It's been a long time since I could accurately describe myself as musical. Don't get me wrong – I love music and spend far too much of my wages on iTunes on a daily basis, but I'm not especially good at making it myself.

Fortunately, synthPond makes composing even the most delicate of tunes very simple. Anyone can dive into this unique synthesizer and have fun creating tunes without a lesson in music theory.

In essence, you place little gems of sound (otherwise known as nodes) on a body of water to generate ripples. These pulse through said gems to create a gentle torrent of music that repeats itself over and over again.

You can either plan your tunes by placing nodes with precision and moving them accordingly to create the sound you want, or you can go finger-mad, dropping nodes here there and everywhere and marvel at the result.

There are four types of nodes you can place, distinguished in two set categories: two of the nodes create the waves that power and then bounce back off the other two nodes. Taking the form of multi-ringed circles, the speed affecting nodes push out the ripples - one once per beat, the other every other beat.

These ripples then ring a sound out of the two kinds of 'reactors' (shown as squares), which in turn also release waves on impact.

You end up seeing a lot of waves going in all directions, triggering sounds wherever you've placed nodes. The nodes themselves can be altered once placed, switching their type and even their pitch.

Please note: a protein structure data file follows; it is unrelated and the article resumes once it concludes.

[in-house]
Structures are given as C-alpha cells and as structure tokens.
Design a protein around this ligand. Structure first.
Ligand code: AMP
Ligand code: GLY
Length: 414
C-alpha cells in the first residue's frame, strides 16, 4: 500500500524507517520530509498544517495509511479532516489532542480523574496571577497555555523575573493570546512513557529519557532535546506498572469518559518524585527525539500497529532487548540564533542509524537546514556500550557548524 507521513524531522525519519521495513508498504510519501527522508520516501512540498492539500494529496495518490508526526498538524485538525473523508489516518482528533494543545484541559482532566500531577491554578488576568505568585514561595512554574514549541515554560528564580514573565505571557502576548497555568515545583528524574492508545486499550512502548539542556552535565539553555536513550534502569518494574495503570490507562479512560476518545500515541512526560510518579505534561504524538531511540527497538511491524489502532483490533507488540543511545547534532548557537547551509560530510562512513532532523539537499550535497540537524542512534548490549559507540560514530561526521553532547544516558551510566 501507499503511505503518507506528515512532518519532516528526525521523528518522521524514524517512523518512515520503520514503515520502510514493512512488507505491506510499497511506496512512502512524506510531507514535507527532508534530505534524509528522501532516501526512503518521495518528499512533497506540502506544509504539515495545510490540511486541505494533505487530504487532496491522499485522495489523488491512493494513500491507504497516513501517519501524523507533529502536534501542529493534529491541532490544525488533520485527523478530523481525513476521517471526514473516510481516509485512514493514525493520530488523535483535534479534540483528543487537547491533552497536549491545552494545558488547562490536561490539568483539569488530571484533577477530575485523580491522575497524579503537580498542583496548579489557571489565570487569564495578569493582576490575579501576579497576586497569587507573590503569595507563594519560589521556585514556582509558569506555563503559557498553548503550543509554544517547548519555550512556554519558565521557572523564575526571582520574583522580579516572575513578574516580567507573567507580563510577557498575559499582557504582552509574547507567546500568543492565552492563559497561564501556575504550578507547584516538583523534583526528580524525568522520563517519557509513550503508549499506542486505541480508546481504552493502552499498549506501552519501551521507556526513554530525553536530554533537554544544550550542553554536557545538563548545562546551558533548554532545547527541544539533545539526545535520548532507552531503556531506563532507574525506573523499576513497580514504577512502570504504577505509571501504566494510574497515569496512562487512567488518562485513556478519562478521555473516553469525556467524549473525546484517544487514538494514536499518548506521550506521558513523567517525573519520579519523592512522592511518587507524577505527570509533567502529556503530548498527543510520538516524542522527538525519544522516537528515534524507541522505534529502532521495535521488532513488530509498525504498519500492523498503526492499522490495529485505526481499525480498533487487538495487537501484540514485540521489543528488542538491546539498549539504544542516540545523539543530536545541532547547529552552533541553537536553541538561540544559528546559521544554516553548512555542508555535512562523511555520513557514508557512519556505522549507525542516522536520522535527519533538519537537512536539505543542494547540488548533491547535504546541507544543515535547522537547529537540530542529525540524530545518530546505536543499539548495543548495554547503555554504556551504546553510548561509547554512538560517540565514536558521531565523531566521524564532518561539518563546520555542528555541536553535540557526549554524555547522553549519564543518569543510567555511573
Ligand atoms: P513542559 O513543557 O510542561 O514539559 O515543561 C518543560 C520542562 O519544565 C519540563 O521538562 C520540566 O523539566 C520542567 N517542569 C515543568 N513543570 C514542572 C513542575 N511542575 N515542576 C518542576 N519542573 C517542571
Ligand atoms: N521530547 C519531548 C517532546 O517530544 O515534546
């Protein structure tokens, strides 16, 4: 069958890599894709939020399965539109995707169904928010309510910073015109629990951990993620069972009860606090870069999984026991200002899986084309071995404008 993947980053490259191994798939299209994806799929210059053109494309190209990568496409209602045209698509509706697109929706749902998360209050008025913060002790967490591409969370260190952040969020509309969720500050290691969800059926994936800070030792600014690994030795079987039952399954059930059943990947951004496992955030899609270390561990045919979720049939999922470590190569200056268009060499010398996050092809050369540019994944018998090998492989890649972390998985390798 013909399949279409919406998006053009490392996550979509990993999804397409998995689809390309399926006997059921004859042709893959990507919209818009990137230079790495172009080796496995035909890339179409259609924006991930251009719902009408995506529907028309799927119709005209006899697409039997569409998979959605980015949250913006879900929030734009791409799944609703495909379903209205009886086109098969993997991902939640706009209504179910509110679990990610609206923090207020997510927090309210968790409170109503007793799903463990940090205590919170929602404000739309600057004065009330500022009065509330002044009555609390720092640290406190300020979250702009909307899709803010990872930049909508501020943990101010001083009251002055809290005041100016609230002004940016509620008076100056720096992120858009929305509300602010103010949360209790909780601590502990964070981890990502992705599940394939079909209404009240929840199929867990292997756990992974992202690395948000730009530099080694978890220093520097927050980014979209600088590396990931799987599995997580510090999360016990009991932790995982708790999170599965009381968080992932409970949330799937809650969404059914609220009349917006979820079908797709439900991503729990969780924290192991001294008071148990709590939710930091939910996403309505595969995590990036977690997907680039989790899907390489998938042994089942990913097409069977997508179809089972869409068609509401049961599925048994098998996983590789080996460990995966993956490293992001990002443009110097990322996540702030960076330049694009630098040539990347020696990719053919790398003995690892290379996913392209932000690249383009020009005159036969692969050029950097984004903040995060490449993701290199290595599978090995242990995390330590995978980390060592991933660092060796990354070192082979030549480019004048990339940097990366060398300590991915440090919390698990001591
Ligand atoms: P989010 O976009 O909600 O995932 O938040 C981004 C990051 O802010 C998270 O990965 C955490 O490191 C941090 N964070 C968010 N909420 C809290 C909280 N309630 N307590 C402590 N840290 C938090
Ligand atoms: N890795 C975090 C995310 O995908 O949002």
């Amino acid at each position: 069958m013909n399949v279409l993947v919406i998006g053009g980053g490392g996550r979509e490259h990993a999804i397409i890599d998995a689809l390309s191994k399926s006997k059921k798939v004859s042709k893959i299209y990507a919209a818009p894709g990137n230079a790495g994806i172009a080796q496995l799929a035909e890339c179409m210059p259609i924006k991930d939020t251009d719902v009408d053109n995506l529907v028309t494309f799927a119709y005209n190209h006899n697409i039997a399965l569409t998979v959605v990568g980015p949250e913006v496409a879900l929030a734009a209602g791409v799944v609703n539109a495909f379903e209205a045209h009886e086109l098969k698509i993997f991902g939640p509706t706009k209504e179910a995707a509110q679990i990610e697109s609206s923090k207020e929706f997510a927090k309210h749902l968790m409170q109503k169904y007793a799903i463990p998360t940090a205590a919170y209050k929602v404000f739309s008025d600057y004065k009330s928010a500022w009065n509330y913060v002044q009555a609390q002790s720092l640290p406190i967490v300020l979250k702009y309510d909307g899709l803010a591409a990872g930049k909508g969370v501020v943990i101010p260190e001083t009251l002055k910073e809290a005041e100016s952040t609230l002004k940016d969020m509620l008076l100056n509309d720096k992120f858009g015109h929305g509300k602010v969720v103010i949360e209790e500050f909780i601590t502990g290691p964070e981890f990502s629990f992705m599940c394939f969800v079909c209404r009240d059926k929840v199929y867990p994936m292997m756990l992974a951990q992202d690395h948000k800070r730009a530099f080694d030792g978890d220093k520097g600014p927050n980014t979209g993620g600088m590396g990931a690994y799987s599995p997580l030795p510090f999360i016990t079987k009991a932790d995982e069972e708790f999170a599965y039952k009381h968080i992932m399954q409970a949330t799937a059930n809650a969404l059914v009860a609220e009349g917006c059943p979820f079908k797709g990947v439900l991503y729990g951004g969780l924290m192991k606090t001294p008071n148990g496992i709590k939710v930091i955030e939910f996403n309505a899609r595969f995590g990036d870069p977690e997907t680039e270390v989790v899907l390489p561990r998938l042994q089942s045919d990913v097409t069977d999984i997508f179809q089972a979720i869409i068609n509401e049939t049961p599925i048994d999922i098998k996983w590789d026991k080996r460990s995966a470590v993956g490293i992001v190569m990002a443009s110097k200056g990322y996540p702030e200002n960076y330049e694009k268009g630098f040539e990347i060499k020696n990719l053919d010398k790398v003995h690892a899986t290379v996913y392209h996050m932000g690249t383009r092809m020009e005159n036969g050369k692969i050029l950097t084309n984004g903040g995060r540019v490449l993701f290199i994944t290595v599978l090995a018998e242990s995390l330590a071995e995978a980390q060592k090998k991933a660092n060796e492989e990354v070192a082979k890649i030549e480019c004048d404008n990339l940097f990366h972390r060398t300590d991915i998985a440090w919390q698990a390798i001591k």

In fact, every aspect of the nodes and the sound they emit – either individually or collectively – can be shifted, meaning it's possible to create an attractive and personal tune, altering it as you go to create something quite special.

You can also add effects (such as 3D or 4D sound), which doesn't change the notes or the order they're played, but simply the strength and application of them. It enables you to turn a set tune on its head, bringing out a softer side in what might initially seem a quite plain little ditty.

The beauty is, with all these different factors it's possible to endlessly twiddle away with any tune you happen upon, making subtle changes here and there, trying to reach a perfection that probably doesn't exist.

All of the tunes can be saved, meaning there's no limit to the time you can spend on tweaking your creations. Additionally, the flexibility of the format means that updates down the road could add to what is already an alluring package.

How about bringing in some kind of alarm system, for instance, where your songs can be used to wake you calmly at a certain time? Or how about extending the kind of flexibility given to the sound of synthPond to its visuals, allowing you to alter how your nodes react on screen when hit by a wave of sound?

That's not to say that the title's visuals actually need any altering – synthPond is among the most stylish games available on the App Store to date.

It isn't without peer, though, even if most of them, such as DS hit Electroplankton, are on other formats. Unlike its rivals, synthPond could actually run and run and, much like the tunes it gives life to, it has the potential to be something very special.